Amid the Finger Lakes
Seneca Falls has recently become the official shrine of the Women's Rights movement, but leadership by women has long been traditional in this area, exemplified by the many communities which were controlled by outstanding matriarchs.
The earliest ones were established by the Seneca Indians. A French Canadian woman married an Indian chief and became a noted leader, and an interpreter at treaties. Madame Montour, as she was called, had two granddaughters, generally known as Queen Catharine and Queen Esther, whose villages were under their control. Catharine Montour's community was on the inlet of Seneca Lake, near the present Montour Falls. When the American army under General Sullivan destroyed it in 1779, they noticed that Catharine's gambrel-roofed 'palace' was the chief building in the cluster.
Queen Esther (probably Catharine's sister), lived further south near Tioga Point; she won notoriety by slaughtering several American prisoners whom the Indians had captured at the Wyoming Massacre in Pennsylvania. When the avenging army under General Sullivan came up the Susquehanna they passed the ruins of her village (a local American army had already burned it) and a soldier noted in his diary that Queen Esther had lived there "in retirement and sullen majesty."
Queen Catharine seems to have returned to the area near Watkins Glen, and it was said that Louis-Phillippe, the future king of France, called upon her when he was traveling in exile in western New York in the 1790s. If so, it was probably the only time when European and Indian royalty met.
When the white settlers came to the area, the biggest community was at first the colony led by Jemima Wilkinson who called herself "the Universal Friend—she was a former Quaker who, on recovery from an almost fatal illness, professed to have been reborn as a prophetess. She assembled a colony of believers. She took her group to Connecticut, and then, hearing of fertile lands in the newly-opened lake area of western New York, settled them near what is now Dresden on Seneca Lake. They had the first mill in the area. Their land titles proved to be insecure; some of the group left, and Jemima took her diminished throng to the township of Jerusalem northwest of Penn Yan. She lived in some style; her coach had "U. F." (for Universal Friend") on its door; her portrait was painted. After her death in 1819, her community gradually dwindled away.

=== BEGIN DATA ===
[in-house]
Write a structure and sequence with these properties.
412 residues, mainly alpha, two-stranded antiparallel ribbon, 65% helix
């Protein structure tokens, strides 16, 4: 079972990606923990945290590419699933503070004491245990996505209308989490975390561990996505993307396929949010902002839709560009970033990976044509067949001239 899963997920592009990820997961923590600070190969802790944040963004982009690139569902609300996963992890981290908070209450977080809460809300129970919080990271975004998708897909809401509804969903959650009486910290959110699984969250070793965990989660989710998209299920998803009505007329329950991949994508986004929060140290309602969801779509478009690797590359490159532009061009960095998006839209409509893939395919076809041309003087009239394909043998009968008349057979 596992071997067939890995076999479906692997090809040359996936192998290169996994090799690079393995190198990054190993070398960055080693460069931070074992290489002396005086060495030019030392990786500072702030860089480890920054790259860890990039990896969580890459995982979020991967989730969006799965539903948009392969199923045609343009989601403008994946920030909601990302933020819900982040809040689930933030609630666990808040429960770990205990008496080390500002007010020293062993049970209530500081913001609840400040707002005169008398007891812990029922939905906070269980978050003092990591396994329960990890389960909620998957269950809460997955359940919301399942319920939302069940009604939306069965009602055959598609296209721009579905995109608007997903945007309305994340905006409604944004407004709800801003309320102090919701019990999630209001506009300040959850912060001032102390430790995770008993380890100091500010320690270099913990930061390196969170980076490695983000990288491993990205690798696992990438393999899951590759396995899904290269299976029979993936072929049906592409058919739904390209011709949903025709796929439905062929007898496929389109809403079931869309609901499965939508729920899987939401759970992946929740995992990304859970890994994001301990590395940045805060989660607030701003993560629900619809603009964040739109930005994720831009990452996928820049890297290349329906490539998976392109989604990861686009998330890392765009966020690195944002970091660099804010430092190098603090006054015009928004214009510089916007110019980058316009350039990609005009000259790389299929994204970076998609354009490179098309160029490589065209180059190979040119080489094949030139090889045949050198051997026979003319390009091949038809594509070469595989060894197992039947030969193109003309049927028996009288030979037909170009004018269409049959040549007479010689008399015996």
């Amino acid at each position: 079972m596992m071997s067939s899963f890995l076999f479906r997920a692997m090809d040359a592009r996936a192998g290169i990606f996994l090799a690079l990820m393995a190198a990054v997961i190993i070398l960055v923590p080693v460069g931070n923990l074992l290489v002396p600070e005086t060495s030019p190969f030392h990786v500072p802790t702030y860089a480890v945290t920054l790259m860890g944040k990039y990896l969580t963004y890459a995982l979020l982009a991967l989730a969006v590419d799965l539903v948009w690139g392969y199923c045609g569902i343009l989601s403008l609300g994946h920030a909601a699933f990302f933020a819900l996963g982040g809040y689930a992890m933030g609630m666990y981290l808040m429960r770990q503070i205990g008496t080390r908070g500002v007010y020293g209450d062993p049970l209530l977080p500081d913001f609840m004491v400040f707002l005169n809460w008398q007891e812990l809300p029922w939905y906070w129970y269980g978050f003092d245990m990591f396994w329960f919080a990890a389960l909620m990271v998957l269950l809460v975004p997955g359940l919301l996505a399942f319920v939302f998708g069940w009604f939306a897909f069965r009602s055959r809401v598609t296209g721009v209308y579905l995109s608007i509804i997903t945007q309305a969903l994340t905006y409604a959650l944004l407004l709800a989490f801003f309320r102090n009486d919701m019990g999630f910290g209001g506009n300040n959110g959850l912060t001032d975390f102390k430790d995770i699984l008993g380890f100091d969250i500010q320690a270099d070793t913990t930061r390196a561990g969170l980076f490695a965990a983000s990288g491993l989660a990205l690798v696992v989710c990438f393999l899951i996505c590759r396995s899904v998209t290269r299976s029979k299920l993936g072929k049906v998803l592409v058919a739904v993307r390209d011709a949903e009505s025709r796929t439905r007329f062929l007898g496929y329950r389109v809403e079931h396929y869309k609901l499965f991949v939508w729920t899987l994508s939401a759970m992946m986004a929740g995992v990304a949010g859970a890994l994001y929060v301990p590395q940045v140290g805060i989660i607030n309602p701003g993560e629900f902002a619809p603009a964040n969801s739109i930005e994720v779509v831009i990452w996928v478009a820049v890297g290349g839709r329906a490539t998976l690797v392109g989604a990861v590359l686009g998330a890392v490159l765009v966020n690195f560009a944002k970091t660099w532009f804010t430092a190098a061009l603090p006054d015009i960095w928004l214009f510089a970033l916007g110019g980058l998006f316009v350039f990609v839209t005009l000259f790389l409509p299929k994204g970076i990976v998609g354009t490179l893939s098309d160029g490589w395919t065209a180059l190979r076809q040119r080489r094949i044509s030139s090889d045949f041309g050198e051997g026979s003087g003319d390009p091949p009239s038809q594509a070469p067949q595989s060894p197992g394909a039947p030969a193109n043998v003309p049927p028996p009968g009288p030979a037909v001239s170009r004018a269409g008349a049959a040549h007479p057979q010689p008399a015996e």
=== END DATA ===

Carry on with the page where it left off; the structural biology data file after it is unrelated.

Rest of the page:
She was a celebrity, and visitors came to see her. The Duc de la Rochefoucould, another French refugee, attended one of Jemima's prayer meetings.
In very recent times, another matriarch moved her colony from Rochester to a hilltop above one of the tributaries of Canandaigua Lake. The Rochester Folk Art Guild was founded by Mrs. Louise March, of European background, as an arts-and-crafts community, supporting itself by sales of its pottery, weavings, wood-carvings, metal-work, etc. Some of the processes were of foreign origin. The members share a kitchen, dine together, and grow much of their own food. Some are single, but there are also married couples with children. Mrs. March before her death was able to raise a small endowment to help her community to survive, and so far, it has done so.
The Guild members occasionally exhibit their products at nearby cities, often accompanied by concerts conducted by their musical members who also perform at Sunday services at the Guild. It is a remarkable example of what a talented woman with a European background could accomplish in creating a miniature civilization on a wild hill-top.
If French sympathizers had succeeded in bringing Marie-Antoinette to the refuge which they prepared for her in western Pennsylvania, there might have been a matriarchy of international fame nearby, but their prospects were terminated by the guillotine.
© 1991, Warren Hunting Smith